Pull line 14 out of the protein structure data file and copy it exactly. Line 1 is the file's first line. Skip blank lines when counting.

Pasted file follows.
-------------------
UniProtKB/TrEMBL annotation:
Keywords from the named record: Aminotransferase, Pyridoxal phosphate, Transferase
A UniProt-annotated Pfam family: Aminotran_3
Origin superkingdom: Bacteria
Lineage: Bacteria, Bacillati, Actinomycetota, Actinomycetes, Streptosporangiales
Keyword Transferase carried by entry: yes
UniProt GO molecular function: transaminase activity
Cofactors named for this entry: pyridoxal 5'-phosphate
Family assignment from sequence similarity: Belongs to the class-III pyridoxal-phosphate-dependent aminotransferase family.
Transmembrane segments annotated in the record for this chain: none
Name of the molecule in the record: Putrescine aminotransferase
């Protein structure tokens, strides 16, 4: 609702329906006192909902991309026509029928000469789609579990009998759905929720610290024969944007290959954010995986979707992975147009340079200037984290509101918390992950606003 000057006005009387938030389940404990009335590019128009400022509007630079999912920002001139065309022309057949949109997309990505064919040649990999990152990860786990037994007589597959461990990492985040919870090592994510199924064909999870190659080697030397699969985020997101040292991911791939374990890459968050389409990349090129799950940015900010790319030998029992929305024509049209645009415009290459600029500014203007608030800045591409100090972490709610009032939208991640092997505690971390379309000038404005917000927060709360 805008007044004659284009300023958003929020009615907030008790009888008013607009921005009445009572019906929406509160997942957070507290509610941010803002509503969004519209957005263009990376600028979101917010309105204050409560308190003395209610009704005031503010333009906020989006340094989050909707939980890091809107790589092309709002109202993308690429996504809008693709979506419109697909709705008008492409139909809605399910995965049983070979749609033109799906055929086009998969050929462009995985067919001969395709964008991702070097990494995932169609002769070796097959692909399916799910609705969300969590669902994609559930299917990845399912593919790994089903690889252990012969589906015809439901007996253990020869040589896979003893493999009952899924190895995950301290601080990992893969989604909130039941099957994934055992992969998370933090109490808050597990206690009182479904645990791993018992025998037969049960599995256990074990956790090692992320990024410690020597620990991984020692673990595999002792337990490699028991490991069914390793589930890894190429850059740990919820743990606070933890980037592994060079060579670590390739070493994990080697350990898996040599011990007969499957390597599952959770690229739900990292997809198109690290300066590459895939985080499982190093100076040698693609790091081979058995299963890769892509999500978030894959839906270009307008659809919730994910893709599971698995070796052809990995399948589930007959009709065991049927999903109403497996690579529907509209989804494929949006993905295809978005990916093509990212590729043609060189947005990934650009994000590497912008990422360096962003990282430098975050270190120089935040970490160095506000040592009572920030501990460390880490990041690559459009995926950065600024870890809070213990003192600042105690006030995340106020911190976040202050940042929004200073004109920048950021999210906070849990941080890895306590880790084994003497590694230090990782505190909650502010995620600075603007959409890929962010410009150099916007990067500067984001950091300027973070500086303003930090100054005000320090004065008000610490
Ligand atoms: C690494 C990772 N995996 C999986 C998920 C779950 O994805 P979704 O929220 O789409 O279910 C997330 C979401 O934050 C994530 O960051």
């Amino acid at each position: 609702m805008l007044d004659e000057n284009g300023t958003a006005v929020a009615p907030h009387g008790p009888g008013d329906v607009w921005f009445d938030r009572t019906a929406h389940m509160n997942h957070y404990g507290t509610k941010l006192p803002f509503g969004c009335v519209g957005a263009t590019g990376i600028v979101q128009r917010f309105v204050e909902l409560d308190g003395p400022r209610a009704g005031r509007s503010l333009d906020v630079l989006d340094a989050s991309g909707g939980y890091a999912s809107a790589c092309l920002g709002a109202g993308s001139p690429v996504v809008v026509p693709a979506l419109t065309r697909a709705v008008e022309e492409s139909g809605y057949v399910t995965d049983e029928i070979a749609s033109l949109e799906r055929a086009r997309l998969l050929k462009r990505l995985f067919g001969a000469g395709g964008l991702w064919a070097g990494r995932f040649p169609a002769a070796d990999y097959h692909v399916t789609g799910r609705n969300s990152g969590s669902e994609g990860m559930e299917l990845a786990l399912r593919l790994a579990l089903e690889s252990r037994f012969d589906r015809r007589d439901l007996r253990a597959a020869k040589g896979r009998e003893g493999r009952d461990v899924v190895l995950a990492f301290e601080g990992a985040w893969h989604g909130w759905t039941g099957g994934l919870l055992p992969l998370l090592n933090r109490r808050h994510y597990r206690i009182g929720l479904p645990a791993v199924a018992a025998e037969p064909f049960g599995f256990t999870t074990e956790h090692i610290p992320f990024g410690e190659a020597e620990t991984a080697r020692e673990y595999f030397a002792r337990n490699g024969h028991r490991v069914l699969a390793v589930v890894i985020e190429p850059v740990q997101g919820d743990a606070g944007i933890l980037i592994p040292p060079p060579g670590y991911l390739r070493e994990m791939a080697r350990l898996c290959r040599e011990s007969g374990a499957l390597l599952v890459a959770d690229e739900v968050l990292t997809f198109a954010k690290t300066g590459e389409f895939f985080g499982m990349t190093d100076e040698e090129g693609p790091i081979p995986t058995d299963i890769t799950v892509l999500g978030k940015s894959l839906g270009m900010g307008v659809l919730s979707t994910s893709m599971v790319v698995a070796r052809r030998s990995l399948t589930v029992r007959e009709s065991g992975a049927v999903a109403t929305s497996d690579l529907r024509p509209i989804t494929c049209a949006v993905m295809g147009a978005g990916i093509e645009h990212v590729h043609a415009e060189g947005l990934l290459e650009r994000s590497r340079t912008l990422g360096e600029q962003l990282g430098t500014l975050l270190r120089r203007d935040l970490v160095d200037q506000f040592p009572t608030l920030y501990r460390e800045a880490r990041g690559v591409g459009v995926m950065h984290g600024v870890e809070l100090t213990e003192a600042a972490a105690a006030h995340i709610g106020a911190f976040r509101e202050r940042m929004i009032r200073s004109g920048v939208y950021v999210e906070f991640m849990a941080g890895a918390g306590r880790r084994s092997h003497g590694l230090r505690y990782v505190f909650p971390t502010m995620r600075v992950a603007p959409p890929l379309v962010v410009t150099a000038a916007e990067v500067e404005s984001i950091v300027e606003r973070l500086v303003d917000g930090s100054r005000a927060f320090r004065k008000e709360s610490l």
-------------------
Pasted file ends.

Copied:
């Amino acid at each position: 609702m805008l007044d004659e000057n284009g300023t958003a006005v929020a009615p907030h009387g008790p009888g008013d329906v607009w921005f009445d938030r009572t019906a929406h389940m509160n997942h957070y404990g507290t509610k941010l006192p803002f509503g969004c009335v519209g957005a263009t590019g990376i600028v979101q128009r917010f309105v204050e909902l409560d308190g003395p400022r209610a009704g005031r509007s503010l333009d906020v630079l989006d340094a989050s991309g909707g939980y890091a999912s809107a790589c092309l920002g709002a109202g993308s001139p690429v996504v809008v026509p693709a979506l419109t065309r697909a709705v008008e022309e492409s139909g809605y057949v399910t995965d049983e029928i070979a749609s033109l949109e799906r055929a086009r997309l998969l050929k462009r990505l995985f067919g001969a000469g395709g964008l991702w064919a070097g990494r995932f040649p169609a002769a070796d990999y097959h692909v399916t789609g799910r609705n969300s990152g969590s669902e994609g990860m559930e299917l990845a786990l399912r593919l790994a579990l089903e690889s252990r037994f012969d589906r015809r007589d439901l007996r253990a597959a020869k040589g896979r009998e003893g493999r009952d461990v899924v190895l995950a990492f301290e601080g990992a985040w893969h989604g909130w759905t039941g099957g994934l919870l055992p992969l998370l090592n933090r109490r808050h994510y597990r206690i009182g929720l479904p645990a791993v199924a018992a025998e037969p064909f049960g599995f256990t999870t074990e956790h090692i610290p992320f990024g410690e190659a020597e620990t991984a080697r020692e673990y595999f030397a002792r337990n490699g024969h028991r490991v069914l699969a390793v589930v890894i985020e190429p850059v740990q997101g919820d743990a606070g944007i933890l980037i592994p040292p060079p060579g670590y991911l390739r070493e994990m791939a080697r350990l898996c290959r040599e011990s007969g374990a499957l390597l599952v890459a959770d690229e739900v968050l990292t997809f198109a954010k690290t300066g590459e389409f895939f985080g499982m990349t190093d100076e040698e090129g693609p790091i081979p995986t058995d299963i890769t799950v892509l999500g978030k940015s894959l839906g270009m900010g307008v659809l919730s979707t994910s893709m599971v790319v698995a070796r052809r030998s990995l399948t589930v029992r007959e009709s065991g992975a049927v999903a109403t929305s497996d690579l529907r024509p509209i989804t494929c049209a949006v993905m295809g147009a978005g990916i093509e645009h990212v590729h043609a415009e060189g947005l990934l290459e650009r994000s590497r340079t912008l990422g360096e600029q962003l990282g430098t500014l975050l270190r120089r203007d935040l970490v160095d200037q506000f040592p009572t608030l920030y501990r460390e800045a880490r990041g690559v591409g459009v995926m950065h984290g600024v870890e809070l100090t213990e003192a600042a972490a105690a006030h995340i709610g106020a911190f976040r509101e202050r940042m929004i009032r200073s004109g920048v939208y950021v999210e906070f991640m849990a941080g890895a918390g306590r880790r084994s092997h003497g590694l230090r505690y990782v505190f909650p971390t502010m995620r600075v992950a603007p959409p890929l379309v962010v410009t150099a000038a916007e990067v500067e404005s984001i950091v300027e606003r973070l500086v303003d917000g930090s100054r005000a927060f320090r004065k008000e709360s610490l």